Legal Momentum Urges Enactment of Flexible Workplace Policies
On September 17, New York City Comptroller Scott M. Stringer released a report that demonstrated overwhelming support for flexible and family-friendly workplace policies such as paid time off and advance notice of shift schedules. The report, “Families and Flexibility: Building the 21st-Century Workforce,” highlighted that most employees are reluctant to even ask their employers for flexibility. Legal Momentum joined the call for “Right to Request” legislation, on both the state and federal levels, which would enable workers to improve productivity while also caring for their families.
Photo: Penny Venetis, NYC Comptroller Scott Stringer
“For 45 years, Legal Momentum has fought to make the workplace more family-friendly and welcoming to women, including pregnant women and working mothers,” said Penny M. Venetis, Executive Vice President and Legal Director. “Legal Momentum supports any legislation that would allow women and men to reach their full potential as workers, without abandoning their responsibilities to their families. Today’s technology permits all workers to have more flexible work hours so that they don’t have to choose between a paycheck and a sick child or parent.”
New York City Changes Pregnancy Accommodations Policy in Response to Charges Brought by Legal Momentum
In mid-August, Legal Momentum reached a settlement with the City of New York on behalf of our client, New York City Police Officer Akema Thompson. In March 2014, Legal Momentum filed a charge of pregnancy discrimination with the Equal Employment Opportunity Commission against New York City’s Department of Central Administrative Services (DCAS) on behalf of Officer Thompson, who was unfairly denied an opportunity for promotion to sergeant when the City refused to reschedule the date of a promotional exam originally scheduled for the pregnant officer’s delivery date. Despite repeated emails and letters both by Officer Thompson and by the Patrolmen’s Benevolent Association (PBA) on her behalf, the City refused to reschedule the exam.
The settlement requires New York City to provide appropriate pregnancy accommodations to female city employees to ensure that they are not denied jobs or opportunities for promotion, simply because they are—or will become—pregnant. Legal Momentum President and CEO Carol Robles-Román said, “In 2015, there is no excuse for denying pregnant women reasonable accommodations to enable them to work on an equal basis with everyone else.” PBA President Patrick Lynch said, "Police officers should not be forced to choose between starting a family and seeking a promotion. We applaud Legal Momentum's hard work on behalf of Officer Thompson and all PBA members."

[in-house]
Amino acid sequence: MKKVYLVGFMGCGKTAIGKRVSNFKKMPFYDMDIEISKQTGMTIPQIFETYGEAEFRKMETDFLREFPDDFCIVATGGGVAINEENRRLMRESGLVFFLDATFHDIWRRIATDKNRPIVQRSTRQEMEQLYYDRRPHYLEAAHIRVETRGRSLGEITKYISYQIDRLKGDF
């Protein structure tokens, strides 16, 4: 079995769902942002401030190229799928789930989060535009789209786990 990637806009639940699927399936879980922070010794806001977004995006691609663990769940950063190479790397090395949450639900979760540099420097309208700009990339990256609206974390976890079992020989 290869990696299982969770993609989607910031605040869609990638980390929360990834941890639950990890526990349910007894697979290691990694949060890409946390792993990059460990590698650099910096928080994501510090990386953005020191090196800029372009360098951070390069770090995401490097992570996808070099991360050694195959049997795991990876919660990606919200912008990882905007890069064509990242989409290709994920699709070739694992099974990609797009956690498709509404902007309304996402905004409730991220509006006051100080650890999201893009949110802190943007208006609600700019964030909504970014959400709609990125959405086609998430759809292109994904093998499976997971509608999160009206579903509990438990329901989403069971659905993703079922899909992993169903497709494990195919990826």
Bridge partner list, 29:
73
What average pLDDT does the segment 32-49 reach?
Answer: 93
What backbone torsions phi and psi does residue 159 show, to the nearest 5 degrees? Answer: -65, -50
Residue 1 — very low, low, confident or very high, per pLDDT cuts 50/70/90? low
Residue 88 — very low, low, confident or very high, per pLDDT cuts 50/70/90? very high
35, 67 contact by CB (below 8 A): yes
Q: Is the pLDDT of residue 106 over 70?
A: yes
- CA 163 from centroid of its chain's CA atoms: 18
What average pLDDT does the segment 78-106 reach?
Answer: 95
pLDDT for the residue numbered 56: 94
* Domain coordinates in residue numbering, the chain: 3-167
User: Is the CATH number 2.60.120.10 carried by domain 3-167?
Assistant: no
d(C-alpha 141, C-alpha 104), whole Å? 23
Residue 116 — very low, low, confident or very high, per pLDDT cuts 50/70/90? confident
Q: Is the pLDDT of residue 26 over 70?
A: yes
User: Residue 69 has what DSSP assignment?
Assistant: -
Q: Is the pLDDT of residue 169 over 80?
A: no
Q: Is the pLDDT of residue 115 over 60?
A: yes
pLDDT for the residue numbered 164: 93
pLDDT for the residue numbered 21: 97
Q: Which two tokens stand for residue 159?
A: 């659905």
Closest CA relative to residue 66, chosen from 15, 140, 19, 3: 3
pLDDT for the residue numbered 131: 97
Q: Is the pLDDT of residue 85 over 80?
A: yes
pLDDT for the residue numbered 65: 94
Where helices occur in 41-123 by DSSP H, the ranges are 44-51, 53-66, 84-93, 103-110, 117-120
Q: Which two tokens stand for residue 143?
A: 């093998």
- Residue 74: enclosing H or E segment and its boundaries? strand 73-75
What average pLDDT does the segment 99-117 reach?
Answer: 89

Legal Momentum is calling on other cities to follow New York’s lead. Many major cities—including Los Angeles, Boston, San Diego, Chicago, and Seattle—do not have clear policies that allow pregnant women to reschedule civil service tests. Legal Momentum has reached out to the mayors of municipalities around the country urging them to follow New York’s lead to ensure that appropriate pregnancy accommodations are available to all women who wish to take a civil service exam in their cities.
According to the U.S. Department of Labor, nearly one in five women work in the public sector. “Officer Thompson’s case has been an important part of our efforts to improve women’s access to non-traditional jobs such as policing, sanitation, and firefighting, and to ensure fair treatment for working mothers,” Carol added.
The Hunting Ground Screening Spurs Action on Campus Sexual Assault
Legal Momentum Board member Loria Yeadon spearheaded an event with Legal Momentum in Bellevue, Washington, on August 15 to raise awareness of campus sexual assault in colleges today and address ways to end the epidemic. The event featured a screening and panel discussion of the documentary about campus sexual assault, The Hunting Ground, and was attended by a diverse group of students, parents, university administrators and faculty, government officials, parents, activists, and others.
The screening and panel served as catalysts for action. The discussion moved from surprise and outrage that sexual violence is prevalent on campuses, to panelists and audience members mapping out a strategy to end the violence. As Loria Yeadon said, “We can no longer allow universities to self-manage this issue.”
Photo: Loria Yeadon (back, left) with student activists
Action items proposed by the panel include:
- Open and genuine dialogue about sexual violence in families and communities
- Faster action by the federal government and a culture of accountability among those involved in enforcement
- Ending the culture of “toxic masculinity” that silences men and boys
- Greater involvement in advocacy and policy reform by parents and faculty